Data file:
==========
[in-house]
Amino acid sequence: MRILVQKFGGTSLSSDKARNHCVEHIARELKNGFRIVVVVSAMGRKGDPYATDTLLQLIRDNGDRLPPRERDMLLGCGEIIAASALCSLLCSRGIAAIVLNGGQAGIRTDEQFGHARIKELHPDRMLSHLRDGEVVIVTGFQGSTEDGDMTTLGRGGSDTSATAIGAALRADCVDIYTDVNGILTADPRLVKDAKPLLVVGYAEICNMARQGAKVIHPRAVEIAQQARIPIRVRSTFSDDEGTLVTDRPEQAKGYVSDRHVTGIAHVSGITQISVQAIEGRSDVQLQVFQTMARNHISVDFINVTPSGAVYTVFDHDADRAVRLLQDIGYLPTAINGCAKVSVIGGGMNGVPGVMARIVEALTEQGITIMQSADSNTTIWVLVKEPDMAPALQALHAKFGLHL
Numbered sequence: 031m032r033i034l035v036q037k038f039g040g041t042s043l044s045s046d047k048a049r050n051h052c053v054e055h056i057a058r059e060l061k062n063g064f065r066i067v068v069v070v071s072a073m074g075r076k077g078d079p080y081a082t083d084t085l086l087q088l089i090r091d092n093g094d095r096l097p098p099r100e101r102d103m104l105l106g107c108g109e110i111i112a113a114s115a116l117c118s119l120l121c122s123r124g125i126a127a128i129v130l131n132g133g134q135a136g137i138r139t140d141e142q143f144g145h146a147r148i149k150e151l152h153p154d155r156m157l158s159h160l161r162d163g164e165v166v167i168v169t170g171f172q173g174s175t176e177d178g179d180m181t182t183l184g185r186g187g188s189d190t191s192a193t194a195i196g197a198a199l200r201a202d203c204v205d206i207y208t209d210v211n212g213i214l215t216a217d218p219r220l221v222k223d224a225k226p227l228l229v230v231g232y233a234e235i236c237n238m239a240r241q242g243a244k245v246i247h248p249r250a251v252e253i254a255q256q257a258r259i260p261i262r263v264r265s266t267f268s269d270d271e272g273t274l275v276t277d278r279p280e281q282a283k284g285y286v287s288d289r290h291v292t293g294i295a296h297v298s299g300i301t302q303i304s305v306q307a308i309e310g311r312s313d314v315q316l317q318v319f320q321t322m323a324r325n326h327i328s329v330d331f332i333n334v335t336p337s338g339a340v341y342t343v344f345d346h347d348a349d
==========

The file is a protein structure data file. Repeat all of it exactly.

[in-house]
Amino acid sequence: MRILVQKFGGTSLSSDKARNHCVEHIARELKNGFRIVVVVSAMGRKGDPYATDTLLQLIRDNGDRLPPRERDMLLGCGEIIAASALCSLLCSRGIAAIVLNGGQAGIRTDEQFGHARIKELHPDRMLSHLRDGEVVIVTGFQGSTEDGDMTTLGRGGSDTSATAIGAALRADCVDIYTDVNGILTADPRLVKDAKPLLVVGYAEICNMARQGAKVIHPRAVEIAQQARIPIRVRSTFSDDEGTLVTDRPEQAKGYVSDRHVTGIAHVSGITQISVQAIEGRSDVQLQVFQTMARNHISVDFINVTPSGAVYTVFDHDADRAVRLLQDIGYLPTAINGCAKVSVIGGGMNGVPGVMARIVEALTEQGITIMQSADSNTTIWVLVKEPDMAPALQALHAKFGLHL
Numbered sequence: 031m032r033i034l035v036q037k038f039g040g041t042s043l044s045s046d047k048a049r050n051h052c053v054e055h056i057a058r059e060l061k062n063g064f065r066i067v068v069v070v071s072a073m074g075r076k077g078d079p080y081a082t083d084t085l086l087q088l089i090r091d092n093g094d095r096l097p098p099r100e101r102d103m104l105l106g107c108g109e110i111i112a113a114s115a116l117c118s119l120l121c122s123r124g125i126a127a128i129v130l131n132g133g134q135a136g137i138r139t140d141e142q143f144g145h146a147r148i149k150e151l152h153p154d155r156m157l158s159h160l161r162d163g164e165v166v167i168v169t170g171f172q173g174s175t176e177d178g179d180m181t182t183l184g185r186g187g188s189d190t191s192a193t194a195i196g197a198a199l200r201a202d203c204v205d206i207y208t209d210v211n212g213i214l215t216a217d218p219r220l221v222k223d224a225k226p227l228l229v230v231g232y233a234e235i236c237n238m239a240r241q242g243a244k245v246i247h248p249r250a251v252e253i254a255q256q257a258r259i260p261i262r263v264r265s266t267f268s269d270d271e272g273t274l275v276t277d278r279p280e281q282a283k284g285y286v287s288d289r290h291v292t293g294i295a296h297v298s299g300i301t302q303i304s305v306q307a308i309e310g311r312s313d314v315q316l317q318v319f320q321t322m323a324r325n326h327i328s329v330d331f332i333n334v335t336p337s338g339a340v341y342t343v344f345d346h347d348a349d